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Entries in Jon Niese (2)

Friday
May102013

Which Pitchers are Getting Calls, Getting Squeezed?

Which starting pitchers are benefiting from a generous strike zone this season? Which starters are grumbling as yet another borderline call goes the batter's way? Here's a quick rundown of pitchers with the highest and lowest called strike rates in 2013.

Highest called strike rates on in-zone pitches

 

Overall, umps call about four out of every five pitches taken in the zone a strike. But Jake Peavy is getting more credit for those over-the-plate-pitches than most. So are crafty lefties Mike Minor and Andy Pettitte. None of the guys in the top ten exactly lights up the radar gun. That makes sense, considering lower-velocity fastballs tend to get more called strikes than mid-90s heat.

 

Lowest called strike rate on in-zone pitches

 

On the flip side, Jon Niese has a reason to hold a grudge against Big Blue. The rest of the top ten is a mixed bag of power pitchers, breaking ball and off-speed reliant junk ballers and a knuckleballer. All of them are at a disadvantage in getting called strikes. High-velocity fastballs have lower called strike rates than slower ones, as mentioned above. Curveballs (81% called strike rate on in-zone pitches), sliders (79%) and changeups (78%) have lower called strike rates than fastballs (82%). And umps, like all other human beings on Earth, have a hard time figuring out what the heck a knuckleball is doing. Dating back to 2008, in-zone knucklers (a sample that basically amounts to pitches thrown by R.A. Dickey, Tim Wakefield and a few spot-starter aspirants) have a called strike rate of 73%.

 

Highest called strike rate on out-of-zone pitches

Interestingly, all of the starters getting calls on out-of-zone pitches are right-handers. It looks like they're taking advantage of umpires' tendency to stretch the outside corner for left-handed batters (the called strike rate on out-of-zone pitches thrown away to lefty batters is about 16%). Jeremy Hellickson (29%), Mat Latos (26%), Alex Cobb and Justin Verlander (23%) rank at the top of the list when it comes to getting calls on that outside corner versus lefty batters.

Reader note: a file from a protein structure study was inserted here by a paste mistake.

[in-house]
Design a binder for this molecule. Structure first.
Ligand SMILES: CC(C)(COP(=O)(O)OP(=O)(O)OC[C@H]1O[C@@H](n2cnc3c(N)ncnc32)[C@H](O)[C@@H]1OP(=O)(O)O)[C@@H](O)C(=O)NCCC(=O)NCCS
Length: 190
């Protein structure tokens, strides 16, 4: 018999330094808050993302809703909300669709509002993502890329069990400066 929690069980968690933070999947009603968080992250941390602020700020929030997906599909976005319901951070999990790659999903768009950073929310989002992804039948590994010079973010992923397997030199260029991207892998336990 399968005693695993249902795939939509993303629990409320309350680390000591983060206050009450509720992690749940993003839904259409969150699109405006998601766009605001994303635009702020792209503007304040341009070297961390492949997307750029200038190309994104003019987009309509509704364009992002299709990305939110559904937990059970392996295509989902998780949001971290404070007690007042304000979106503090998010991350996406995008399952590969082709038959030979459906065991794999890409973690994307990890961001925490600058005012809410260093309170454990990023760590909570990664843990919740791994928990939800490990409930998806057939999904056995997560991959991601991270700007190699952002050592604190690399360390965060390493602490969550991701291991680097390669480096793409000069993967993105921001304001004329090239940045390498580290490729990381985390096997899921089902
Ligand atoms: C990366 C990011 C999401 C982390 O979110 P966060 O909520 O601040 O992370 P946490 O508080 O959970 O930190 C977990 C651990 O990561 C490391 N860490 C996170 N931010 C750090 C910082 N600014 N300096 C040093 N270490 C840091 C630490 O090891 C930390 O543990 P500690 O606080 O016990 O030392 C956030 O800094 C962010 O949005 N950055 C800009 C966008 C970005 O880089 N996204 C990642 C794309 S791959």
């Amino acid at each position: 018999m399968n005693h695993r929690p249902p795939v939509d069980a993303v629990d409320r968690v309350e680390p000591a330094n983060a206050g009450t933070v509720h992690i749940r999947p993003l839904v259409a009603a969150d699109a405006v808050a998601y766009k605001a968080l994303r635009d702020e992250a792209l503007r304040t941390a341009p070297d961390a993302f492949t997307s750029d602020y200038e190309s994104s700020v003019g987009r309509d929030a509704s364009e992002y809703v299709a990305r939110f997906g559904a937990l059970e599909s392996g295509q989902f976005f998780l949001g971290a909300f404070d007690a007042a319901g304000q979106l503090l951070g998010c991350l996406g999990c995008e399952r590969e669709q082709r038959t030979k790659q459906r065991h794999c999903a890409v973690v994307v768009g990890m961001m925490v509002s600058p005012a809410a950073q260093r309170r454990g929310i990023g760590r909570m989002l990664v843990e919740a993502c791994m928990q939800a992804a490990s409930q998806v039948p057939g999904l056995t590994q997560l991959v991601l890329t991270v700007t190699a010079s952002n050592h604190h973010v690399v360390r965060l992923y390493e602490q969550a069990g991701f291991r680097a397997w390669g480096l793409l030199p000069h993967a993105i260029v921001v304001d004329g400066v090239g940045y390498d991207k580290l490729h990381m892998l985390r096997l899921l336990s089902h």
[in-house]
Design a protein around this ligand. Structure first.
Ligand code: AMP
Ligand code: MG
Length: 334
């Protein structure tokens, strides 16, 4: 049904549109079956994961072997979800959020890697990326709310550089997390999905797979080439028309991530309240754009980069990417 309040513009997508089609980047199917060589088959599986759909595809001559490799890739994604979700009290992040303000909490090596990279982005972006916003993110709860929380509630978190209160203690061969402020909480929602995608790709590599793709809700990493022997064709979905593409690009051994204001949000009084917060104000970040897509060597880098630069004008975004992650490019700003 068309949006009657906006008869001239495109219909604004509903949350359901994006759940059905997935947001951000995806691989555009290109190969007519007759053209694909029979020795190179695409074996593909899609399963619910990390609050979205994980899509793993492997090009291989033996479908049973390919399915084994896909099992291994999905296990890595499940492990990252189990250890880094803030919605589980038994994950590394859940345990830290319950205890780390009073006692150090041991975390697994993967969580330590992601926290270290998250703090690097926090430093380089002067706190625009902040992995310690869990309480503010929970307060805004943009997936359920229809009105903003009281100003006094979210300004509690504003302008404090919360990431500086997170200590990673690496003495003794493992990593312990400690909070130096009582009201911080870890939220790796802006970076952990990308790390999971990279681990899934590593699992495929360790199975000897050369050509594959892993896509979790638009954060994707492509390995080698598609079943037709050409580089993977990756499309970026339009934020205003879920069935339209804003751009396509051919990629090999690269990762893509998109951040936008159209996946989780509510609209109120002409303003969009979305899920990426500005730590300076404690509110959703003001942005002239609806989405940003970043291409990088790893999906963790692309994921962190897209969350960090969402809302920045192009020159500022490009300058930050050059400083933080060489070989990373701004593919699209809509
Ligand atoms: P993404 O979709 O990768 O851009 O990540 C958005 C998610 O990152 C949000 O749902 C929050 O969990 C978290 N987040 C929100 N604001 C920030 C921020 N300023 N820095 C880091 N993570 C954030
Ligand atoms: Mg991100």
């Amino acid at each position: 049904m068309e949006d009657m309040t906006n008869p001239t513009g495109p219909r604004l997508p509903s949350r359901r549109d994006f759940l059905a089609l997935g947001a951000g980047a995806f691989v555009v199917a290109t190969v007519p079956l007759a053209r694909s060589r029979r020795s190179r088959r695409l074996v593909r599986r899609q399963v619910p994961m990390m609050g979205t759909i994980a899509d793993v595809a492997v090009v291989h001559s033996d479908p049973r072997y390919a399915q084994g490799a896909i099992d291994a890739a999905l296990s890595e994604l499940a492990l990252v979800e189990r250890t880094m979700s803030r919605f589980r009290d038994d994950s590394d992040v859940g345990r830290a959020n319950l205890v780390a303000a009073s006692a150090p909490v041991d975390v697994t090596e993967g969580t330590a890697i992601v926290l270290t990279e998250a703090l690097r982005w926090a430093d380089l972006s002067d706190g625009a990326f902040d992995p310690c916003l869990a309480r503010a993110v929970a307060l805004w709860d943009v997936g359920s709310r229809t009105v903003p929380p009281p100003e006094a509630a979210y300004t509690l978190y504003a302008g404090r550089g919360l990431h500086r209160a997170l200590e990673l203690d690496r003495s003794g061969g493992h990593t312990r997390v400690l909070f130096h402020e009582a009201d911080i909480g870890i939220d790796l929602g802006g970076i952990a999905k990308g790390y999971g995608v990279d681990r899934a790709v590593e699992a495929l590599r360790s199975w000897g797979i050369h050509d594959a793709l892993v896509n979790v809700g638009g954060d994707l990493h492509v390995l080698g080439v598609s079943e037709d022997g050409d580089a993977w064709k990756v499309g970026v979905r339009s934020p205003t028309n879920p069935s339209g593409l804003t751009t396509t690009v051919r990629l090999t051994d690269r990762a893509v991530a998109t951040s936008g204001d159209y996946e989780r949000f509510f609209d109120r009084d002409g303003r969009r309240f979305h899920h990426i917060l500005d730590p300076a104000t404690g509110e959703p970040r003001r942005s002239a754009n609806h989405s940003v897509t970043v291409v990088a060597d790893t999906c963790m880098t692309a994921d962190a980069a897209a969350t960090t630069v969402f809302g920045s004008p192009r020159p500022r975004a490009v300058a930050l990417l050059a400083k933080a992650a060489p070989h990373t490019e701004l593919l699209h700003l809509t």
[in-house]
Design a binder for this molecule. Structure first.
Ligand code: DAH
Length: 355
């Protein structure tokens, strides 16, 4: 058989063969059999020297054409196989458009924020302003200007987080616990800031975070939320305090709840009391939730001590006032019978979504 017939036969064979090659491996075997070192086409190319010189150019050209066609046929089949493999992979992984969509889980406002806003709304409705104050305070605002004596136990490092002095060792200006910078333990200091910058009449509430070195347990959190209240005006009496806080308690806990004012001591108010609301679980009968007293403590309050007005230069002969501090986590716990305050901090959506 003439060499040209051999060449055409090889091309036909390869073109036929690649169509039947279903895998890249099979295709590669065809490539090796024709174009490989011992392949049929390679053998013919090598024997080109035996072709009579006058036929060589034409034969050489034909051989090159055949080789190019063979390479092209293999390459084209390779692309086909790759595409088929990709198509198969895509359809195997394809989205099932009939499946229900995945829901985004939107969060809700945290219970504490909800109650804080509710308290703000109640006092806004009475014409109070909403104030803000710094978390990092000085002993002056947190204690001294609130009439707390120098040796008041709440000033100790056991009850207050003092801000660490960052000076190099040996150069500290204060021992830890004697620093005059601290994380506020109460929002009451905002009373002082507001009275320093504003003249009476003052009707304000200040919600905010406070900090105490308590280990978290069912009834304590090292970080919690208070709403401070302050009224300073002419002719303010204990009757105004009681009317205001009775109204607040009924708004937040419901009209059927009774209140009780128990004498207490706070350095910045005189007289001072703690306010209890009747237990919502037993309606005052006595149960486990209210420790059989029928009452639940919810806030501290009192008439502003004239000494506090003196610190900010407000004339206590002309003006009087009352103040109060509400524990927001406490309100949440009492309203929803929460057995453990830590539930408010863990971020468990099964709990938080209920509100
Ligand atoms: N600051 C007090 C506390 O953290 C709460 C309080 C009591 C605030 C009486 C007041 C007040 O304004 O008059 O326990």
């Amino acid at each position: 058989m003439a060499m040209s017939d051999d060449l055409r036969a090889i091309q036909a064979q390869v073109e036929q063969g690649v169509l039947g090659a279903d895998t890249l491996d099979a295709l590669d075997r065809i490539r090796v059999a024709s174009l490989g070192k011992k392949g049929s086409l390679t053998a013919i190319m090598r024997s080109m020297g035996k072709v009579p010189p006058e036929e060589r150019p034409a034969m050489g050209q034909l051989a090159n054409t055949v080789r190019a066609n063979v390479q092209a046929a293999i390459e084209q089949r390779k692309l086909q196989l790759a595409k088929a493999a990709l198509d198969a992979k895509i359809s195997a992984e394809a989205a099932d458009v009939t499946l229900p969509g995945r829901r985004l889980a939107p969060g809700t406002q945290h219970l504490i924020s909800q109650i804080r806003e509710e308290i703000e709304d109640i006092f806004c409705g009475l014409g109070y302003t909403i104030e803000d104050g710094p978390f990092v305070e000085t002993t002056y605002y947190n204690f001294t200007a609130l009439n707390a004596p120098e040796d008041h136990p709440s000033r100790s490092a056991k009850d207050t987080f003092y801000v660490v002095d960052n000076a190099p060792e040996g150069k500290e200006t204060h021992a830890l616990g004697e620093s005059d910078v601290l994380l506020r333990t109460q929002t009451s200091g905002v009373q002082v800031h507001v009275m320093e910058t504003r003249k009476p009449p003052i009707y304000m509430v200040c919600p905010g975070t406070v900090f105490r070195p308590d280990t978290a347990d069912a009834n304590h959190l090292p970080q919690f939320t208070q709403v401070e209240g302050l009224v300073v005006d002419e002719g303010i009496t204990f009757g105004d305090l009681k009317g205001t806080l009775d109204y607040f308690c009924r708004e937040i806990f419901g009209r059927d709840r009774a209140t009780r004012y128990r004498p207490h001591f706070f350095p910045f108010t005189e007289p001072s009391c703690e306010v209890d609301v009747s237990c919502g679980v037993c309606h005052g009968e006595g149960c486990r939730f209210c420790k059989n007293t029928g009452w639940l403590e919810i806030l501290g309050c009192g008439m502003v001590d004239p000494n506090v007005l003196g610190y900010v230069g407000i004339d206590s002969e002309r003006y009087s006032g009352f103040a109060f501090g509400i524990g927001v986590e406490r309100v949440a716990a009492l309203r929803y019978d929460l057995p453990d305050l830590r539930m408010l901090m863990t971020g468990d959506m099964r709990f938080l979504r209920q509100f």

Lowest called strike rate on out-of-zone pitches

Pfft. Like Matt Harvey needs the help. Tim Lincecum, on the other hand...

Thursday
May122011

Which Pitchers are Really Getting Squeezed?

Earlier in the week we took a look at which pitchers have been squeezed the most based on total pitches called balls within the PitchFX established strike zone.  While it appeared that pitchers like C.J. Wilson (TEX) and Jon Niese (NYM) have been getting a tight strike zone, the truth is that these pitchers tend to stay around the strikezone with the majority of their pitches.  In fact, C.J. Wilson leads the league in called strikes within the strike zone:

(Data from all 2011 games through May 10th)

So in reality, while pitchers like Wilson do lose a lot of called strikes on the borders, it's mostly a product of the volume of pitches they locate there.  In fact, through Tuesday, Wilson was leading all pitchers in total called strikes, regardless of location, with 194.

If we really want to see which pitchers have had a tough time getting calls from umps, we need to look at the percentage of called strikes out of all taken pitches within the strike zone.

 (Data from all 2011 games through May 10th - Min. 40 taken pitches in the strike zone)

Wilson still cracks the top 50, but he's far from the most squeezed pitcher in the league.  Mariners' closer Brandon League is not getting the majority of close calls so far this season.  The league average for called strikes in the PitchFX defined strike zone has been around 77%, meaning umpires have called 23% of pitches in the zone balls.  Of course, the majority of these are borderline pitches as the following graphic shows:

All MLB Called Balls in Strike Zone
(Click to enlarge)

League's missed strikes consist of 18 pitches, the majority of which were thrown to the bottom of the zone.  Batters have taken only 42 total strike zone pitches against him, so his "squeeze rate" is mostly a product of small sample size.  However, when we filter the list down to starters....

(Data from all 2011 games through May 10th)

Among starters, Wilson and Niese still near the top of the list of pitchers getting squeezed. And perhaps Nelson Figueroa would still be pitching in Houston if we had robot umpires.

So we've seen which pitchers have not gotten the majority of close calls so far this season.  In an upcoming post, we'll look at pitchers that have benefited most from expanded strike zones.